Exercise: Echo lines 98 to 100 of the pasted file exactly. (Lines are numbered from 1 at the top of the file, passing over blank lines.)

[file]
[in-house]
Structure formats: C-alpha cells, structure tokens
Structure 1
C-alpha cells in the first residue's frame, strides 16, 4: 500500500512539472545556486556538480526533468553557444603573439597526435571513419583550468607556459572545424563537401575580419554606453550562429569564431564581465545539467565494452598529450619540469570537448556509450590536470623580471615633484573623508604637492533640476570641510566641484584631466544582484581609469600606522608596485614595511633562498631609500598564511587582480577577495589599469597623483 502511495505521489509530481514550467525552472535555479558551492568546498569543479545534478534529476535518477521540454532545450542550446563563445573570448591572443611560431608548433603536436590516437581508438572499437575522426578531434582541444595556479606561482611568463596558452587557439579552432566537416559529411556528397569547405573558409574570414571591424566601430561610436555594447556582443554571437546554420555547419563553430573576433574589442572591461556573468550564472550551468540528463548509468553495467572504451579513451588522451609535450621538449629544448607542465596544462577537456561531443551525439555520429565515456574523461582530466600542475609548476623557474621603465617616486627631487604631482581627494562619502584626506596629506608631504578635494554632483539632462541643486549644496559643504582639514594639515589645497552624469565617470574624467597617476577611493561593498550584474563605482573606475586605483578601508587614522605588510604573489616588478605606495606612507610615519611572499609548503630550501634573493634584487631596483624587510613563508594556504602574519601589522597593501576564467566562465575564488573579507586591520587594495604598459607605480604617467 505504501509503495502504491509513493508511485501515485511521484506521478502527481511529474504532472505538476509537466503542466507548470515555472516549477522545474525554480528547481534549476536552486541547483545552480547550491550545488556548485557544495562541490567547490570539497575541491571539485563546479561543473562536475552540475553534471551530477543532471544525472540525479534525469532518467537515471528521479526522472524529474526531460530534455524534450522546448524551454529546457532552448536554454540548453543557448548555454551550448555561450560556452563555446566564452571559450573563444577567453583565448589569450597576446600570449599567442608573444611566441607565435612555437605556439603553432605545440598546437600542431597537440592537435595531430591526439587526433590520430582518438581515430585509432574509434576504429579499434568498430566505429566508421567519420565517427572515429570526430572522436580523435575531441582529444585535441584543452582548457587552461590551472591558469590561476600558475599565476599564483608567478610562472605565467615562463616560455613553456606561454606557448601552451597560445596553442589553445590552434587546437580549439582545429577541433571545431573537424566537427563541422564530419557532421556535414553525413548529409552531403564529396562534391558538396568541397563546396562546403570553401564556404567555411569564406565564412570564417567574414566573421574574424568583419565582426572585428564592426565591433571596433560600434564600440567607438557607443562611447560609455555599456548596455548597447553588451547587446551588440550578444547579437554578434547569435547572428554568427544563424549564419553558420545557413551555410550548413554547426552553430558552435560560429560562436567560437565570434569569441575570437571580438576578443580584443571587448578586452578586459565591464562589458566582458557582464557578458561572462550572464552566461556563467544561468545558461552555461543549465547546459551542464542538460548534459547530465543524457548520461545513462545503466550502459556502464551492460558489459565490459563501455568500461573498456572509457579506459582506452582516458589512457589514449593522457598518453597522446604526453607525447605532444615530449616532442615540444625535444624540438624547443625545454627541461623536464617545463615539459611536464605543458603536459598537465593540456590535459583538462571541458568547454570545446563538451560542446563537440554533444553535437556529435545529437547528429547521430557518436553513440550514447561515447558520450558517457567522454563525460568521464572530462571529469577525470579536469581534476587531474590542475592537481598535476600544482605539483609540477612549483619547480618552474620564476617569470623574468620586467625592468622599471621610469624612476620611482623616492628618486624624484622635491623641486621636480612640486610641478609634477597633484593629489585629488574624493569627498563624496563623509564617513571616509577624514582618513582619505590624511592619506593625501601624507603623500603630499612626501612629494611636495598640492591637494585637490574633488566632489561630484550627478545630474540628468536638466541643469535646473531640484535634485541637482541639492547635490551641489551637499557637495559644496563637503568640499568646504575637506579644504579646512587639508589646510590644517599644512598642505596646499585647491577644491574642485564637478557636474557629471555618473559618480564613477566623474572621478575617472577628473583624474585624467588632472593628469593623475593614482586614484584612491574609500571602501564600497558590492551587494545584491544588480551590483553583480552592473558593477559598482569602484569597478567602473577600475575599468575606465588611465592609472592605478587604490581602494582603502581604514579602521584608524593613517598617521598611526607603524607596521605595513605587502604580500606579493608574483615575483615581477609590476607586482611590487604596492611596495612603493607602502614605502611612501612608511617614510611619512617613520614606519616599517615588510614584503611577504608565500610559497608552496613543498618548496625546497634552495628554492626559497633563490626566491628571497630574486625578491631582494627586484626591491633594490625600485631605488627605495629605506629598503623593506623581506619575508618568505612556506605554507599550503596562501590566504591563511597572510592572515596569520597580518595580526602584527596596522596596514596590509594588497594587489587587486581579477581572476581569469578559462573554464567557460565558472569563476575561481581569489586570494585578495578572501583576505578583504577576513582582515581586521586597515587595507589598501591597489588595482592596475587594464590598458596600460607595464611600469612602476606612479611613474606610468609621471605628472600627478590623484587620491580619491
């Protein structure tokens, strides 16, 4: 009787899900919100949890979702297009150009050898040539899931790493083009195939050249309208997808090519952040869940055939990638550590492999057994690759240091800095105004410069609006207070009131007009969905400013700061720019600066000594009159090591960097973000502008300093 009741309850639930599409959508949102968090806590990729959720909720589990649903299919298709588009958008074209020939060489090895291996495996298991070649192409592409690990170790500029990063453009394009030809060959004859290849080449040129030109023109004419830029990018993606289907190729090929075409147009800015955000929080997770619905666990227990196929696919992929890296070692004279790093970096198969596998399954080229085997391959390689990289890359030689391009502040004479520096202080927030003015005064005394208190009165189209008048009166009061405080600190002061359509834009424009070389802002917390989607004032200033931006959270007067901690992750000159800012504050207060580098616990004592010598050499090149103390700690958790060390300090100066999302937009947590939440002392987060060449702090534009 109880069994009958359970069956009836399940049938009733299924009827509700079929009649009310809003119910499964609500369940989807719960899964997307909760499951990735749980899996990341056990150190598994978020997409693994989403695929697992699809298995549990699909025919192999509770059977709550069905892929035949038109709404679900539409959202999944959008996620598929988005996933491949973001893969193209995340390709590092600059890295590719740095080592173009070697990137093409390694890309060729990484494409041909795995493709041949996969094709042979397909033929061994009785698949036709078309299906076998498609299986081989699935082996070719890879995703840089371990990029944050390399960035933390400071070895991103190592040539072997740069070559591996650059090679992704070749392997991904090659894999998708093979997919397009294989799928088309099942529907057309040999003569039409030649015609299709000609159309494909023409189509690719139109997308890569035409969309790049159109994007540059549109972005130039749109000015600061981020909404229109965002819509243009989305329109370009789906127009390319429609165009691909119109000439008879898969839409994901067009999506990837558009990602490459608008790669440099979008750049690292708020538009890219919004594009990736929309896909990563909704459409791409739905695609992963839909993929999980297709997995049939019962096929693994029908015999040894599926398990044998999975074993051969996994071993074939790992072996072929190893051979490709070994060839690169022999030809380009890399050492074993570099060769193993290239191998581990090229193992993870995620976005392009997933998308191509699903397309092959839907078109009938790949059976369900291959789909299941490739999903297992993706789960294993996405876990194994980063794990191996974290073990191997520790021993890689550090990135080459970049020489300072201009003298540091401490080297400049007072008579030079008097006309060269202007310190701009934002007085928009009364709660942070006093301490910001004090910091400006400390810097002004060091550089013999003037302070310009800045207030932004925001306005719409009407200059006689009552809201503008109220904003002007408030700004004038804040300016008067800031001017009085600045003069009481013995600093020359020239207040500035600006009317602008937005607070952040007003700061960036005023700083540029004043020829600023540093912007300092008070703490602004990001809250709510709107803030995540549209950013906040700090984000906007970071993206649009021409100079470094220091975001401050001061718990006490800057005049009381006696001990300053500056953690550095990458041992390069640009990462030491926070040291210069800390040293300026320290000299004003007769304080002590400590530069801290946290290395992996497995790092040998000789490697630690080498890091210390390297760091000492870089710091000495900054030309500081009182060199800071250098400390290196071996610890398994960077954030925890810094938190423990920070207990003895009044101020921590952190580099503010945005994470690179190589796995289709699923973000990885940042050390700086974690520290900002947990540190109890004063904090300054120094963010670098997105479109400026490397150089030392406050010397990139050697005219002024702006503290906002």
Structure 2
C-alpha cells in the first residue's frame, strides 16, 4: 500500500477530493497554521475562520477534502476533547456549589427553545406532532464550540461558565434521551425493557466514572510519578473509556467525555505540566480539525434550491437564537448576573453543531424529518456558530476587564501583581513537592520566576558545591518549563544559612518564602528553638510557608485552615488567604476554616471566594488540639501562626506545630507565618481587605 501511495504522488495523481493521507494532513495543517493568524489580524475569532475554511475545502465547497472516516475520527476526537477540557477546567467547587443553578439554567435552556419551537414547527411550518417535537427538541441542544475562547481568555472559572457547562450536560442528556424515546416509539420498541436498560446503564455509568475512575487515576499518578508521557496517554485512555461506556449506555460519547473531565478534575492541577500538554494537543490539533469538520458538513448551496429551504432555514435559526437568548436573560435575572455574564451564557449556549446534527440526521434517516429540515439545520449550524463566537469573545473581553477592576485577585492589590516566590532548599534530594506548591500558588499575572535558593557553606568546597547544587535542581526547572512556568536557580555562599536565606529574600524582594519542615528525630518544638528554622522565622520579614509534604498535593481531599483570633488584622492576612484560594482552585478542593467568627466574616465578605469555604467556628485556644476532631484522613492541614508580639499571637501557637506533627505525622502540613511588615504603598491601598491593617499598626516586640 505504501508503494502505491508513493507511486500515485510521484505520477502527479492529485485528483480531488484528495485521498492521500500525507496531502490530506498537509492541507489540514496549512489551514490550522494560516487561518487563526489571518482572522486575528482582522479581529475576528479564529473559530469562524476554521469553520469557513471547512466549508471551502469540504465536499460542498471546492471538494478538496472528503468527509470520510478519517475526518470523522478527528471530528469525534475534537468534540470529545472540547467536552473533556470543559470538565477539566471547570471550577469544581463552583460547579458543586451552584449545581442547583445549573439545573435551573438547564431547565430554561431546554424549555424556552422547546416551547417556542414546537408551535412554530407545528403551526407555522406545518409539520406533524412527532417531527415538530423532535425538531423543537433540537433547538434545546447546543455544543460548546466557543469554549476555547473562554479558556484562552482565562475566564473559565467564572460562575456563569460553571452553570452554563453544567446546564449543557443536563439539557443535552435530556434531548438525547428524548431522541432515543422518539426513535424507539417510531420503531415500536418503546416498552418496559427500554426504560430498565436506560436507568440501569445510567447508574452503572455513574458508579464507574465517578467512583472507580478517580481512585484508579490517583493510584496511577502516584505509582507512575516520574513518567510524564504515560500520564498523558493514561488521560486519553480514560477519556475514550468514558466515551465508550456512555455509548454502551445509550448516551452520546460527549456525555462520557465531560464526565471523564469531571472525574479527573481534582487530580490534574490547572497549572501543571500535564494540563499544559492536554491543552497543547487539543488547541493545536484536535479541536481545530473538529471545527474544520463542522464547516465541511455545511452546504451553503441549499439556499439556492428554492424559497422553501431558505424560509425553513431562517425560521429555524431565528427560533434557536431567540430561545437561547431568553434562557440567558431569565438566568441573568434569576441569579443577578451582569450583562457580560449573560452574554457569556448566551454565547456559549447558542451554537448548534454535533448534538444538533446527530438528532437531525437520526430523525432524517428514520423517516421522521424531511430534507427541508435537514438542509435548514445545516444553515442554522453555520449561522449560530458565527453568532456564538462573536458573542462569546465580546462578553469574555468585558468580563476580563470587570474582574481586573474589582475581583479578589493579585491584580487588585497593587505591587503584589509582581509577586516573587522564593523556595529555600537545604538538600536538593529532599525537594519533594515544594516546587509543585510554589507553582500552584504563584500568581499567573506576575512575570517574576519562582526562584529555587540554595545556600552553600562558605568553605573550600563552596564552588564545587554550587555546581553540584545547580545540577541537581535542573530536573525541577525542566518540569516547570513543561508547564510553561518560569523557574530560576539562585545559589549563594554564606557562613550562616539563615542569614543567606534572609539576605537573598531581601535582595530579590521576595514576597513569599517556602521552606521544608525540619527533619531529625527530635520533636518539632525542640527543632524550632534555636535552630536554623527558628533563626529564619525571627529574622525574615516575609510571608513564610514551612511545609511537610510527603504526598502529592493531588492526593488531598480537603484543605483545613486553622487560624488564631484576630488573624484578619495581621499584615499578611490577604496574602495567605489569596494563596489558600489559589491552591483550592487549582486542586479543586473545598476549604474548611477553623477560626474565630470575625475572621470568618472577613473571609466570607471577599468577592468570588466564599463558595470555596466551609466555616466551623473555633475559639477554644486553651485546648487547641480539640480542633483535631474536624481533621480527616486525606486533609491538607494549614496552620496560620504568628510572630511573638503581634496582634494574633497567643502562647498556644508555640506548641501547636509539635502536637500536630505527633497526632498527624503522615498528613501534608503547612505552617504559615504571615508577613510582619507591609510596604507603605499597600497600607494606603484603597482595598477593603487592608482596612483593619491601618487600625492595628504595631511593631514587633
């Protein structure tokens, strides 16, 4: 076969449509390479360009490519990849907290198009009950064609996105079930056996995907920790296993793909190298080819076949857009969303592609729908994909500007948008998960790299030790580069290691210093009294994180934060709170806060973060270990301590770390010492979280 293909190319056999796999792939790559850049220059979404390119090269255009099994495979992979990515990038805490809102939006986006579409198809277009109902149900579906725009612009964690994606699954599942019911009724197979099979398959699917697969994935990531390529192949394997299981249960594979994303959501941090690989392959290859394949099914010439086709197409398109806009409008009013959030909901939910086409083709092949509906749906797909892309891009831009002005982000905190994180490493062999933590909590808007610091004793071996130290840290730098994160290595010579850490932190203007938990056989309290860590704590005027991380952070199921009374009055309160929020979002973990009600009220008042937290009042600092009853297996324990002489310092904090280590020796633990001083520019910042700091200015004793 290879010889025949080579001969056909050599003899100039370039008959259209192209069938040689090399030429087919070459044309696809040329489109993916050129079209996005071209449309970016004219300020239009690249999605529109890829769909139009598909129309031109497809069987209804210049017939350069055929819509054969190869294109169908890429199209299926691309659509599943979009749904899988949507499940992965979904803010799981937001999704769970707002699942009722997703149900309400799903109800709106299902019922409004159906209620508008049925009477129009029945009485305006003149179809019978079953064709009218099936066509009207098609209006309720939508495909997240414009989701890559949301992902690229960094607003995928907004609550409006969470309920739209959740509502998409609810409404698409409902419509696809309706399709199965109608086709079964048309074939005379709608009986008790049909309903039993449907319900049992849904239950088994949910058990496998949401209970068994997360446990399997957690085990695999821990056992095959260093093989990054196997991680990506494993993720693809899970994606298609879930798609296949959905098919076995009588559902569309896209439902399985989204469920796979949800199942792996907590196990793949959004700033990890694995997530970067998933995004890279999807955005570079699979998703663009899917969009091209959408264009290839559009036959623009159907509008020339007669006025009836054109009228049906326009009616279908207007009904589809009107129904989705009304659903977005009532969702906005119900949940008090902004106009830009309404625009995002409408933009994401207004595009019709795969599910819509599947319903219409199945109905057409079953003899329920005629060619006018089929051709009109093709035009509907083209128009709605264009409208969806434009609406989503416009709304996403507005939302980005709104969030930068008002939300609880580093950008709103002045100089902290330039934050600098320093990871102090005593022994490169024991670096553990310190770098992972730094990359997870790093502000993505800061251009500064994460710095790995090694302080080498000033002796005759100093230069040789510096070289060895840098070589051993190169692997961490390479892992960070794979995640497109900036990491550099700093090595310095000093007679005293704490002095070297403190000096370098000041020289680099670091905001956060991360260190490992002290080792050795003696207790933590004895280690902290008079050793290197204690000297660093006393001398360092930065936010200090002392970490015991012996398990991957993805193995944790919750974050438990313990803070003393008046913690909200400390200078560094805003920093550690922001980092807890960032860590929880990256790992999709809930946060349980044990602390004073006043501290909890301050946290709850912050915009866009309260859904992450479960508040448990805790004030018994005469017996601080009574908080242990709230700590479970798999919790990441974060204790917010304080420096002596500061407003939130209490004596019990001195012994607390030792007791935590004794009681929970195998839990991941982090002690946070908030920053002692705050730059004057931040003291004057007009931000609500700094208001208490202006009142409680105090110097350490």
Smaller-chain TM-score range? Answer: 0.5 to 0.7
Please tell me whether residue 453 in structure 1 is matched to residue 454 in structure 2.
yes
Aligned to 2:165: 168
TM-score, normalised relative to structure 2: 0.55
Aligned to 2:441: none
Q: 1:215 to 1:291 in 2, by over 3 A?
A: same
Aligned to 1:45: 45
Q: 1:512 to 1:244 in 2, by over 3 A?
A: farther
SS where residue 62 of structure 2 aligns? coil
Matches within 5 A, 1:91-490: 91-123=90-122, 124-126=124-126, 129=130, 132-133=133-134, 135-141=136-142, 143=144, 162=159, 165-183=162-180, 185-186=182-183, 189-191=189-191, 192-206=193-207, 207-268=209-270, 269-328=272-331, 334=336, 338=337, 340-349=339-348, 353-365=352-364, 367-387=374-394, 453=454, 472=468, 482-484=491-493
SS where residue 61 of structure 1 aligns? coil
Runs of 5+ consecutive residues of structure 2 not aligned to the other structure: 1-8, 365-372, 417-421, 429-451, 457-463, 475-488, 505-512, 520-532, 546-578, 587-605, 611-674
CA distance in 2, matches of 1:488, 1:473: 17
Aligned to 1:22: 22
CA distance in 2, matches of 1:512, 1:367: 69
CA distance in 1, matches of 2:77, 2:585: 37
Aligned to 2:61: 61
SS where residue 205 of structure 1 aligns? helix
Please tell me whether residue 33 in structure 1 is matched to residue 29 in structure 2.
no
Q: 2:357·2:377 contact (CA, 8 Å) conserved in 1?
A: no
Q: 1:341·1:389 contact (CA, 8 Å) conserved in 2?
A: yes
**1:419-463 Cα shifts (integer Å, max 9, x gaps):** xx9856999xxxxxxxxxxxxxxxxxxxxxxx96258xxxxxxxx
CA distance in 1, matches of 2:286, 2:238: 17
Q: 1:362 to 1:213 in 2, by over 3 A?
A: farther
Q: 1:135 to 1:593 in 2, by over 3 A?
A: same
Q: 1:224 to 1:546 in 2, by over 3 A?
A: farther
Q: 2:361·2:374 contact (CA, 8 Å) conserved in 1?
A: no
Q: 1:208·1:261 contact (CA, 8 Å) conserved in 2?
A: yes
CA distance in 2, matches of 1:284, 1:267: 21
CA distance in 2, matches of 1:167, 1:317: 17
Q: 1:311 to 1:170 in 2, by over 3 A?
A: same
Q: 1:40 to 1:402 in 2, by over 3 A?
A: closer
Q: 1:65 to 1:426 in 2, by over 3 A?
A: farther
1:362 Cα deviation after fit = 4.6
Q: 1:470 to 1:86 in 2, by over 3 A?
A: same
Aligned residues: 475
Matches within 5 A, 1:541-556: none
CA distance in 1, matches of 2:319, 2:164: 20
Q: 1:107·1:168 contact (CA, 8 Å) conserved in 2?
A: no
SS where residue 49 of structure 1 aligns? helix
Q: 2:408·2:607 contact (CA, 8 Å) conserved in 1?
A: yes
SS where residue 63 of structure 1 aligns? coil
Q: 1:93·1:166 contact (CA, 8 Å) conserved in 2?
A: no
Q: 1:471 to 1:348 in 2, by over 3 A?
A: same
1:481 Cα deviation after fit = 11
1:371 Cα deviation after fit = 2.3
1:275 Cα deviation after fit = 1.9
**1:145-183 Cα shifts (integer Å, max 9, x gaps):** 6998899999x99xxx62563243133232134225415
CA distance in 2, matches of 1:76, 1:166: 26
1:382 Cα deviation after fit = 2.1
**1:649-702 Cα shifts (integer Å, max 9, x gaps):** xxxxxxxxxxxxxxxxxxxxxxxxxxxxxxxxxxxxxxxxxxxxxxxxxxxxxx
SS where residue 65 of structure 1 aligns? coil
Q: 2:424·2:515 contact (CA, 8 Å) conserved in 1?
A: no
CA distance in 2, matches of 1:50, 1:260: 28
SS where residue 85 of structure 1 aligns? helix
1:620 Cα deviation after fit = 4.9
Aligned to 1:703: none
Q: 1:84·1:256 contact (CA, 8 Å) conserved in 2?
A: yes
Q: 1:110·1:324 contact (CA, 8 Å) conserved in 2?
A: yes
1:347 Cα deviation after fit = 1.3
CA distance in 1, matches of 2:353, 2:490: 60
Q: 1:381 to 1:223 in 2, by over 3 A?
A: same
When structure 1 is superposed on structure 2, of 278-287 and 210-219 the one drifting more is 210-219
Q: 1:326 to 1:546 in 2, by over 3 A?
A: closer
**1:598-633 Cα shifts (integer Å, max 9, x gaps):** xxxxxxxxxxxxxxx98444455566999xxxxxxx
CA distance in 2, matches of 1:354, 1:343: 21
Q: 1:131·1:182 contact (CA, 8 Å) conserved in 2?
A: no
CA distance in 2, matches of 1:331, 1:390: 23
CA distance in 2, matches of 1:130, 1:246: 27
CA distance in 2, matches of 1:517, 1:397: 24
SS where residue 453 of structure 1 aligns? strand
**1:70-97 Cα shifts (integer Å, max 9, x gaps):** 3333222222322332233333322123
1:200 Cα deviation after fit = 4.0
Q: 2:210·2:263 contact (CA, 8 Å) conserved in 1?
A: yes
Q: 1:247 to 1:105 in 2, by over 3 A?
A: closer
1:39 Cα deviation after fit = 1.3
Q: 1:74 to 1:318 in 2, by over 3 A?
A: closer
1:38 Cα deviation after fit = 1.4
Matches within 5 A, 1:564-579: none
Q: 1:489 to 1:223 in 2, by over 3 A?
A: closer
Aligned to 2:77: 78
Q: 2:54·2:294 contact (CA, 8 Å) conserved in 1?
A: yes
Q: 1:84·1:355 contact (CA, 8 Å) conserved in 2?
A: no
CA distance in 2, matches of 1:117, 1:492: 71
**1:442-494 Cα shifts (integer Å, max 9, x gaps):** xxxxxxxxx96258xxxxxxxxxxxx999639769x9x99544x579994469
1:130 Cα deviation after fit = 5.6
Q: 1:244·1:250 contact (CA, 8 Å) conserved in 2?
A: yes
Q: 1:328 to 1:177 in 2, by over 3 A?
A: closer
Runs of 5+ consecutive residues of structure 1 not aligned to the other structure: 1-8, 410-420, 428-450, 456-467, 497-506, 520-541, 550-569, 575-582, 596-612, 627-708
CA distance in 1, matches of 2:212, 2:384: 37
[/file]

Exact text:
CA distance in 2, matches of 1:354, 1:343: 21
Q: 1:131·1:182 contact (CA, 8 Å) conserved in 2?
A: no